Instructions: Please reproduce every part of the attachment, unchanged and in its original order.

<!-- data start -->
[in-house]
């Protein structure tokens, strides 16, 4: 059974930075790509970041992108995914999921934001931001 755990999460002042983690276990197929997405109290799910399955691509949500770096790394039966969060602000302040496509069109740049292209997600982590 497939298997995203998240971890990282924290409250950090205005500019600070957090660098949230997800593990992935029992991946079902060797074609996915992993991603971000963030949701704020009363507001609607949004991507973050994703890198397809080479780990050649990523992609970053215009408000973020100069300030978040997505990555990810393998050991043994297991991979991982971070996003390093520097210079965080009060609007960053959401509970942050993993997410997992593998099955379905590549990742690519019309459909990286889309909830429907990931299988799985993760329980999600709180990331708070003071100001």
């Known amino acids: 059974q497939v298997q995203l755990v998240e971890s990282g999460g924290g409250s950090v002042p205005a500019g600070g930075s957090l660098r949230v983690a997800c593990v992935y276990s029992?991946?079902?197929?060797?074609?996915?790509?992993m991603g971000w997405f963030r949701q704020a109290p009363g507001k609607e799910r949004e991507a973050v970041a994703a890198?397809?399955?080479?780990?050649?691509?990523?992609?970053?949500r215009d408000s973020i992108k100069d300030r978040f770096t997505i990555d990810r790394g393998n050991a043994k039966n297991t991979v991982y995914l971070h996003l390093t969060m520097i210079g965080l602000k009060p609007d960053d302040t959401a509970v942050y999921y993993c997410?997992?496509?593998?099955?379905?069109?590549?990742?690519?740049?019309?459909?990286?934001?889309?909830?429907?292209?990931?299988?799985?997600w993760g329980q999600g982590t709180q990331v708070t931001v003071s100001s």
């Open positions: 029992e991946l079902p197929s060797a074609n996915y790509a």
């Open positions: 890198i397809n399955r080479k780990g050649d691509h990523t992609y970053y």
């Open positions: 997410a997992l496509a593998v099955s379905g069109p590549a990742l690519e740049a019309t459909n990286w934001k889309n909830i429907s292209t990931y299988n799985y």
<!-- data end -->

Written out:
[in-house]
């Protein structure tokens, strides 16, 4: 059974930075790509970041992108995914999921934001931001 755990999460002042983690276990197929997405109290799910399955691509949500770096790394039966969060602000302040496509069109740049292209997600982590 497939298997995203998240971890990282924290409250950090205005500019600070957090660098949230997800593990992935029992991946079902060797074609996915992993991603971000963030949701704020009363507001609607949004991507973050994703890198397809080479780990050649990523992609970053215009408000973020100069300030978040997505990555990810393998050991043994297991991979991982971070996003390093520097210079965080009060609007960053959401509970942050993993997410997992593998099955379905590549990742690519019309459909990286889309909830429907990931299988799985993760329980999600709180990331708070003071100001």
């Known amino acids: 059974q497939v298997q995203l755990v998240e971890s990282g999460g924290g409250s950090v002042p205005a500019g600070g930075s957090l660098r949230v983690a997800c593990v992935y276990s029992?991946?079902?197929?060797?074609?996915?790509?992993m991603g971000w997405f963030r949701q704020a109290p009363g507001k609607e799910r949004e991507a973050v970041a994703a890198?397809?399955?080479?780990?050649?691509?990523?992609?970053?949500r215009d408000s973020i992108k100069d300030r978040f770096t997505i990555d990810r790394g393998n050991a043994k039966n297991t991979v991982y995914l971070h996003l390093t969060m520097i210079g965080l602000k009060p609007d960053d302040t959401a509970v942050y999921y993993c997410?997992?496509?593998?099955?379905?069109?590549?990742?690519?740049?019309?459909?990286?934001?889309?909830?429907?292209?990931?299988?799985?997600w993760g329980q999600g982590t709180q990331v708070t931001v003071s100001s």
């Open positions: 029992e991946l079902p197929s060797a074609n996915y790509a």
């Open positions: 890198i397809n399955r080479k780990g050649d691509h990523t992609y970053y």
């Open positions: 997410a997992l496509a593998v099955s379905g069109p590549a990742l690519e740049a019309t459909n990286w934001k889309n909830i429907s292209t990931y299988n799985y």